B was ready at 3:15. Groom didn't get to the hotel again until 3:30. (Remember, ceremony supposed to start at 3.) While waiting outside the hall, I was told by the hotel's wedding coordinator that I had to be out of the room by 5 so they could set up the reception. So, I went from having "one hour after the ceremony, guaranteed" for formals, to having "until 5" which would be a half hour if we ended on time. And we started a half hour late.

    During the ceremony, people were walking all over the place, there were 5 people with video cameras, and about a dozen (not exaggerating) others walking around with cameras (mostly SLRs) photographing it. It was almost all in Sanskrit so I had little clue what was going on, but I was helped a bit by the maid of honor who was following the English program, an aunt of the bride, and the grandmother of the bride, though the grandmother spoke very little English (native Bengali speaker). Some shots I simply could not get because of the other cameras in the way. And during the ceremony, some things were changed at the last minute. Because I really didn't know what was going on, it really was just a constant photographing session for me, hoping that something I shot would be important and well-executed when I had a clear view.

    The last part, a more Western ceremony, with the exchange of vows and rings, was horribly lit with the bride's back facing a spotlight and the groom's front facing it. The bride's Indian, groom's a pale pink white boy ... he was brightly lit, she in shadow. Both on a stage with no way for me to get at the same level they were.

    We ended at 5:15. I told the bride to go bridezilla on the wedding coordinator and tell her that I'm taking formals now, there, and that she could set up around us. It worked. But I only had ~20 minutes for formals, and members of the bride's family did not stick around, going in and out. I skipped around my list of formals to do because of that, trying to get the most important ones because I didn't know how much time I'd actually have.

    I tried to work with the lights they had set up (the halogens), pointing them up to get a more diffuse light, but having to use my flash, so while I can get a proper white balance for the people, the background of the mandap comes out yellow and I'll need to do a two-part color correction on it. Also, because I was incredibly rushed, and people were uncooperative (such as the bride's father who didn't think he had to do formals but wanted to go and make sure people were having a good time at the happy hour), I wasn't able to double-check things like eyes open in shots, everyone smiling, nor practice some of the finer rules of good portraiture. It was very much an assembly line of, "Bride, Mother of Bride, Grandmother of Bride, up now. Okay, quick posing [go do that], alright, smile, 1, 2, 3. NEXT!" I was really frustrated with the time constraint and not being able to get the lights right or compose the shots very well. I really hope I can make them half-way decent in post-processing.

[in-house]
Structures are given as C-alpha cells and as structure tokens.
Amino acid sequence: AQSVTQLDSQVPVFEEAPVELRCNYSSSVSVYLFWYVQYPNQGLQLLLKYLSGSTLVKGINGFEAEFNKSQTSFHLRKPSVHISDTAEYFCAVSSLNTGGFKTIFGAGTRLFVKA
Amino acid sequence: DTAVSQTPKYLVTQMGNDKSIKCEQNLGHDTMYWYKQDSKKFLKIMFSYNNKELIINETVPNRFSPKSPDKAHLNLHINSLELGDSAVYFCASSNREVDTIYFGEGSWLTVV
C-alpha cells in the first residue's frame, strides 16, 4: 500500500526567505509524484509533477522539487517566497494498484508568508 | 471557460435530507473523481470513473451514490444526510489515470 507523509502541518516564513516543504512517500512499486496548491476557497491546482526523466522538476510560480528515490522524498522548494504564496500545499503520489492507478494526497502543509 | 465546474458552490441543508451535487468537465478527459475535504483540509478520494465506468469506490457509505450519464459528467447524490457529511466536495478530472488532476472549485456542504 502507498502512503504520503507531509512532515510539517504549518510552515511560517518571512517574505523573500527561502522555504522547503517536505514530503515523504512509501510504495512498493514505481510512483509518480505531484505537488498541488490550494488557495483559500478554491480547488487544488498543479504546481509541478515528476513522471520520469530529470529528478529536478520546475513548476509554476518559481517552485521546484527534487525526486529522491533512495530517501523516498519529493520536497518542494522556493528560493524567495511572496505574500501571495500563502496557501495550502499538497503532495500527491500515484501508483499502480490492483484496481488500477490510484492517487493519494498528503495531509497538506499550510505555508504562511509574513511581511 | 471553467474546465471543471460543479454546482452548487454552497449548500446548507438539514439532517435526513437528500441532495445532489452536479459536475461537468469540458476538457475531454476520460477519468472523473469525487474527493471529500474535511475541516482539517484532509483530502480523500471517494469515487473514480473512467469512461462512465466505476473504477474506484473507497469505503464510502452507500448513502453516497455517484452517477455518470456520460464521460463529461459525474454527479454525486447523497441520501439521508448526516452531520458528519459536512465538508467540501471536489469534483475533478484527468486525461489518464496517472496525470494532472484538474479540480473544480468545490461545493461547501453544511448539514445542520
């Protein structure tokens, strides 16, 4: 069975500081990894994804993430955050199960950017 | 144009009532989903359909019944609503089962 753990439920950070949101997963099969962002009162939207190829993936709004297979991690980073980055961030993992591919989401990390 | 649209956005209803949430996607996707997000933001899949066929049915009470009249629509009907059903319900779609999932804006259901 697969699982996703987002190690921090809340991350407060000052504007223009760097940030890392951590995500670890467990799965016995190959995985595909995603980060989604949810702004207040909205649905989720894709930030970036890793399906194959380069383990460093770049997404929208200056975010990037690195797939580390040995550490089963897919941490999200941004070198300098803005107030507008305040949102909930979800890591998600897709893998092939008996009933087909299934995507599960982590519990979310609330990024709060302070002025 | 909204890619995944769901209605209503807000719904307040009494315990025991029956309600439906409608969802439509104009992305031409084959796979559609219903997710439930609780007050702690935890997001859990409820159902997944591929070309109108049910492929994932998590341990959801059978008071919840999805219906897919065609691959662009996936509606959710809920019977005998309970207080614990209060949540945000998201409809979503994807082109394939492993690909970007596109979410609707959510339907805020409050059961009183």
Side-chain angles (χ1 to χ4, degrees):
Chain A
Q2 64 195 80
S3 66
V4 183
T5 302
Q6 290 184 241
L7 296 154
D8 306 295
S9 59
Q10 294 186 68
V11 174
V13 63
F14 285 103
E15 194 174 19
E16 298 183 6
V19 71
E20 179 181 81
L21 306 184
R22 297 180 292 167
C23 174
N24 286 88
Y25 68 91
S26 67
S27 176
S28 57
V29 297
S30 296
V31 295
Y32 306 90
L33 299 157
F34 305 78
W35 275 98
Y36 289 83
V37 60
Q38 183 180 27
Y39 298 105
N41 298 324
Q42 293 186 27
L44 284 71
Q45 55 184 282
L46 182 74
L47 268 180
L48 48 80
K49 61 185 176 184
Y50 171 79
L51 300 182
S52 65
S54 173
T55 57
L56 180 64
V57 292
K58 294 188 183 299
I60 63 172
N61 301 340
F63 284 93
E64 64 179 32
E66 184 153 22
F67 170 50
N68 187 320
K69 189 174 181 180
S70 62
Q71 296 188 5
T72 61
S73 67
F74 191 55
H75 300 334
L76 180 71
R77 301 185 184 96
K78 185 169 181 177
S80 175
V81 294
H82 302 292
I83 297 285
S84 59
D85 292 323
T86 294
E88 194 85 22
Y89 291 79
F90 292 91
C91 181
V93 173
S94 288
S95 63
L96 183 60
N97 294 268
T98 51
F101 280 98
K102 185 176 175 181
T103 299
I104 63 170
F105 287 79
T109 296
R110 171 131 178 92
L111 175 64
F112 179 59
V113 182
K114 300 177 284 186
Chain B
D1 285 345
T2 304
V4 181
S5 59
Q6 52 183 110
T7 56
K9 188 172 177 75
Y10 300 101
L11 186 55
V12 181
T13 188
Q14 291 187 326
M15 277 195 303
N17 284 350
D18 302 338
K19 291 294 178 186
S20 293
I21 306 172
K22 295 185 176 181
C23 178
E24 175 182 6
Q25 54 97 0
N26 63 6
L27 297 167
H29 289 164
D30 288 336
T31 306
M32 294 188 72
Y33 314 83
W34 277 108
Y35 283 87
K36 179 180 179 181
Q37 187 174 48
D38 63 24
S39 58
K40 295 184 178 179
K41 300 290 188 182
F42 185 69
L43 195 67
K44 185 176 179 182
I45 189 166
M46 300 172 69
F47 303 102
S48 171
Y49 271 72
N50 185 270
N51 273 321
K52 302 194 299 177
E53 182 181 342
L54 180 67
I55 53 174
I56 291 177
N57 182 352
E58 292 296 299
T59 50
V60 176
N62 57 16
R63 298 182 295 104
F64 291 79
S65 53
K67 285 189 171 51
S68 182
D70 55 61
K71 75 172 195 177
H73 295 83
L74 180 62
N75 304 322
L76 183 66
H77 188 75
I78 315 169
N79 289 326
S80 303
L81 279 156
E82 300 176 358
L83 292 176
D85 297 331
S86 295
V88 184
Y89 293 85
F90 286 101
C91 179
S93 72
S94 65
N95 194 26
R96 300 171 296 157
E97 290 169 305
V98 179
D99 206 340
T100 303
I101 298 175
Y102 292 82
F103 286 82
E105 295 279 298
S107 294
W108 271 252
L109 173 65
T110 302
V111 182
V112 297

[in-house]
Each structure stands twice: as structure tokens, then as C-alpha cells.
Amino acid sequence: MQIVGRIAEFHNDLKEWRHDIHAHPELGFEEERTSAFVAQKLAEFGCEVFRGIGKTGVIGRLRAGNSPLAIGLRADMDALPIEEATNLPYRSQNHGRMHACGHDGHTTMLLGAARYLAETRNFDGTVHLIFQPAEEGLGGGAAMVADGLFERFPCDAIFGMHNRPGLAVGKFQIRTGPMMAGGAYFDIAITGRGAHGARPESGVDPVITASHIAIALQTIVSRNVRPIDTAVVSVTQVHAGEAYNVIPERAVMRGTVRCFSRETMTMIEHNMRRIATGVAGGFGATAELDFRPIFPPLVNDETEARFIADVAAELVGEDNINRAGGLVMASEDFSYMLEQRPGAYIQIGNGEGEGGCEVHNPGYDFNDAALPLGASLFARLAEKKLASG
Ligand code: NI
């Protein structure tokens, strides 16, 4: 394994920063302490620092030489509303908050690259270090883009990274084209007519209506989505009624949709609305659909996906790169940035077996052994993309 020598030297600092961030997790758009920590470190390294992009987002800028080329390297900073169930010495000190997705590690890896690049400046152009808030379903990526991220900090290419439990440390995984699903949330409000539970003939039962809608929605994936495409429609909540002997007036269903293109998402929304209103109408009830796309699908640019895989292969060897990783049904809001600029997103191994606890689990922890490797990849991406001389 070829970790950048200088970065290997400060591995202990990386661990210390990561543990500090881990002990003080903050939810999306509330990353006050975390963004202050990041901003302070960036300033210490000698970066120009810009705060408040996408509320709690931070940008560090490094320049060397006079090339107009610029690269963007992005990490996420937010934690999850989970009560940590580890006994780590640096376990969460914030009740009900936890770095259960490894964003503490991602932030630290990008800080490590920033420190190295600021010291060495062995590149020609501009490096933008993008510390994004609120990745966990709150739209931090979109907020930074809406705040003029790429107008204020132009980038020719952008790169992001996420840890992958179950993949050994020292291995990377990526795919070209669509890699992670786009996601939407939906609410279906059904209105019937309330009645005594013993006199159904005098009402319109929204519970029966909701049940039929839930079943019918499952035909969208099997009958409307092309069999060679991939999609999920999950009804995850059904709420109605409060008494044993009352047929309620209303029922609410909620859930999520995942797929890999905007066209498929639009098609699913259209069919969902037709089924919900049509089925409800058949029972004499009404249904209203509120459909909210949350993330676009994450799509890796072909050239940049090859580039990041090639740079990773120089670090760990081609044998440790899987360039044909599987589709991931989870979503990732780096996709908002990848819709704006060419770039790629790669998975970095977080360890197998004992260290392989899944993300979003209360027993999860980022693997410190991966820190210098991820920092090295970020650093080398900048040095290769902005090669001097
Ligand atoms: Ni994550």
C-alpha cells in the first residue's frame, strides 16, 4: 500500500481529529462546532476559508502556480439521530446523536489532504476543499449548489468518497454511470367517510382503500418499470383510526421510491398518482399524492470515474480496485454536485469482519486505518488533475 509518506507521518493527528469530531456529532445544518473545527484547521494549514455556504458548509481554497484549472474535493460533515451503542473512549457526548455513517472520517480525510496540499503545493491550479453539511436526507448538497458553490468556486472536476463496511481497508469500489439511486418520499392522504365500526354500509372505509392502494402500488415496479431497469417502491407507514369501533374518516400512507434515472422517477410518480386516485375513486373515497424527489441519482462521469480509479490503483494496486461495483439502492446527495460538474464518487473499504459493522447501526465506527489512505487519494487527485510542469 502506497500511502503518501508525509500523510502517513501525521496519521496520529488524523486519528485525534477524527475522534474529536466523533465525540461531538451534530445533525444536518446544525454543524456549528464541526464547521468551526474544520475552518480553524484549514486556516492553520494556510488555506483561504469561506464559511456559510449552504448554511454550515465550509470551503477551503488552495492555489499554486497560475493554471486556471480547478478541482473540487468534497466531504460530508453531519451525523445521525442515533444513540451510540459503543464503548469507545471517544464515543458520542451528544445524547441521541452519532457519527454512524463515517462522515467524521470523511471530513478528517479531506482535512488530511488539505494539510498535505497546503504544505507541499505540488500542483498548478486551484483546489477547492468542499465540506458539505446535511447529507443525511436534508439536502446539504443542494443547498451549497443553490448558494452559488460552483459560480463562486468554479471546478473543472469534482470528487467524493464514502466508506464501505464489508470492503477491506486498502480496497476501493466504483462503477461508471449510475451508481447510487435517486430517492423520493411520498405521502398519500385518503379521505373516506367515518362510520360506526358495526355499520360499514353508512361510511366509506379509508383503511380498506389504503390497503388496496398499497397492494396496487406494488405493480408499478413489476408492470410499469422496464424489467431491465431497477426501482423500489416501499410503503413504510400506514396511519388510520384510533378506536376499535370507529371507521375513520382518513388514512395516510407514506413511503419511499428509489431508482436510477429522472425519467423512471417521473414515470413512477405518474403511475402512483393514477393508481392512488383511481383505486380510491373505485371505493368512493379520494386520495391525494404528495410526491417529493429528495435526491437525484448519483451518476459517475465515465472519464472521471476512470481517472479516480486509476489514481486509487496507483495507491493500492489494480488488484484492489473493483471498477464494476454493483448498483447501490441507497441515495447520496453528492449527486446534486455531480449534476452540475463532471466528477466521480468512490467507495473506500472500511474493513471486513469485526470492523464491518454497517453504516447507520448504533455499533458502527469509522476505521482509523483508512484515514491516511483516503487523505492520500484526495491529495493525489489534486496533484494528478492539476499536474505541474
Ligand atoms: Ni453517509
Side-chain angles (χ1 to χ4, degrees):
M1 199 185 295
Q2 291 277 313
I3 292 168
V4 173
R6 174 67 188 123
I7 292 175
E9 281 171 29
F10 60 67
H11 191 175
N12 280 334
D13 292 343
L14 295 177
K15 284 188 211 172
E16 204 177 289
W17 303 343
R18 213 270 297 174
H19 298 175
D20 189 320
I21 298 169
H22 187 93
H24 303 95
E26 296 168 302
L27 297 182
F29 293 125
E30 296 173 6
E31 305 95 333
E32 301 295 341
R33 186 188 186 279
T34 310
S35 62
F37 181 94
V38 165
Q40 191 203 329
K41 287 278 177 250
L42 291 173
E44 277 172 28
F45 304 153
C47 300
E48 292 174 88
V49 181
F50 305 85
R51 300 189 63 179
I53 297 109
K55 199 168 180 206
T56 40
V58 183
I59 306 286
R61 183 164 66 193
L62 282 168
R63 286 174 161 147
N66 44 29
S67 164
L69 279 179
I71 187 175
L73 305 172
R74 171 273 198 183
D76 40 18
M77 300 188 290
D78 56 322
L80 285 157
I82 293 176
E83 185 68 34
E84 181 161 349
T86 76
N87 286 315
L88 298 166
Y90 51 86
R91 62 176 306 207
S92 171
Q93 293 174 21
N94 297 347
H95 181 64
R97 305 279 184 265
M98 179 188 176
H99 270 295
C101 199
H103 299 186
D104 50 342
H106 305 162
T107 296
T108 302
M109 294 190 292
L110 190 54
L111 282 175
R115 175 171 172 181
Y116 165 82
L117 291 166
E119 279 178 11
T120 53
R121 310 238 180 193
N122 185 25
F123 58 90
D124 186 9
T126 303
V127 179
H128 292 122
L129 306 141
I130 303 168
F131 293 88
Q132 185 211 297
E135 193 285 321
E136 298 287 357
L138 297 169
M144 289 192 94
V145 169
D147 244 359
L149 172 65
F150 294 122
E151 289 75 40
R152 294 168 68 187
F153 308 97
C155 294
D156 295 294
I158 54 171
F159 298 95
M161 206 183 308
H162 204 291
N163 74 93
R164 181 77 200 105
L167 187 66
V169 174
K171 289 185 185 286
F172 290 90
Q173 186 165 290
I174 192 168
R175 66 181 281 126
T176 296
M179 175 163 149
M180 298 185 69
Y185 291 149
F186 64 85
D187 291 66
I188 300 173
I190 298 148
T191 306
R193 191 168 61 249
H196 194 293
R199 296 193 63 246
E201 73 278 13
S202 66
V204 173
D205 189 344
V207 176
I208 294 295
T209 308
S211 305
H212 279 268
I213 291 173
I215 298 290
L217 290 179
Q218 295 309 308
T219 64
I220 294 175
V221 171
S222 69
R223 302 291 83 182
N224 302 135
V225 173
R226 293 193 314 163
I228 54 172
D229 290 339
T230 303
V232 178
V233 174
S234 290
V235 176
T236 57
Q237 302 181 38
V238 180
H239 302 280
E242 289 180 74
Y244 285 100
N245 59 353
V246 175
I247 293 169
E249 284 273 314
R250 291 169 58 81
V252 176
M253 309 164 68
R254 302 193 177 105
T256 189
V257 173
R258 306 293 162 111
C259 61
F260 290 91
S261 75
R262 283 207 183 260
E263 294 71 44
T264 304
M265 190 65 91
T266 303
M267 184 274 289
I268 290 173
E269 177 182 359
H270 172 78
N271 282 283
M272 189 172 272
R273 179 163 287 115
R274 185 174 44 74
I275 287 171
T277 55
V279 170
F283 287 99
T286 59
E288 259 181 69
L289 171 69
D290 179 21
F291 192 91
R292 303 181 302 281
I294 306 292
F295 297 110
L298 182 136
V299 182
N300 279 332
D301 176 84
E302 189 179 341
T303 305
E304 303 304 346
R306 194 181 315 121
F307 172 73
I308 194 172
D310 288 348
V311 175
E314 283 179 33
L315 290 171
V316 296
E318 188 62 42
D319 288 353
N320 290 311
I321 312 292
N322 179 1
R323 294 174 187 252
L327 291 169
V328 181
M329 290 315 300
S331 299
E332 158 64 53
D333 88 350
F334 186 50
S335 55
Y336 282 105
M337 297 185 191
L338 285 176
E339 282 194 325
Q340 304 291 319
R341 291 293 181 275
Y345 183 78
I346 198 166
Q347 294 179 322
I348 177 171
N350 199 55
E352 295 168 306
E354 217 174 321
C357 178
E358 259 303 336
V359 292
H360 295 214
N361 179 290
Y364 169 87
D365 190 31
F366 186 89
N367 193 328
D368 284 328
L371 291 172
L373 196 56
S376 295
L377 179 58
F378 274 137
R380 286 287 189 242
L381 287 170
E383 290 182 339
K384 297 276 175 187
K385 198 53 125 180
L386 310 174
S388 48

I had enough time to get some decent shots of the reception hall before people came in. They were supposed to enter at 6:30, but the hotel staff was still setting up and I told them to lock the doors so I could get the shots I needed. They were cooperative and did so. My first break for the day. :er:

    Photographing the reception went alright, though I went through 5 sets of 4 AA batteries in my flashes throughout the entire day. The weirdest part was the bride's mother wanting photos of people eating. I was told by the bride it was a cultural thing, so I should get the shots of the Indian people doing it, outside of the white corner (there was a set of 5 tables for the "white people" and all the rest of the 24 were Indian ... and it was the groom who drew the diagram for me and circled the tables and labeled it "white corner"). I was in the white corner. I also did some "formal"-type shots of the groom's family. The hotel was pretty crappy in terms of decor so the best place for it was against a puke-yellow/green wall. Again, they were antsy and I wasn't able to really compose it well. Sigh.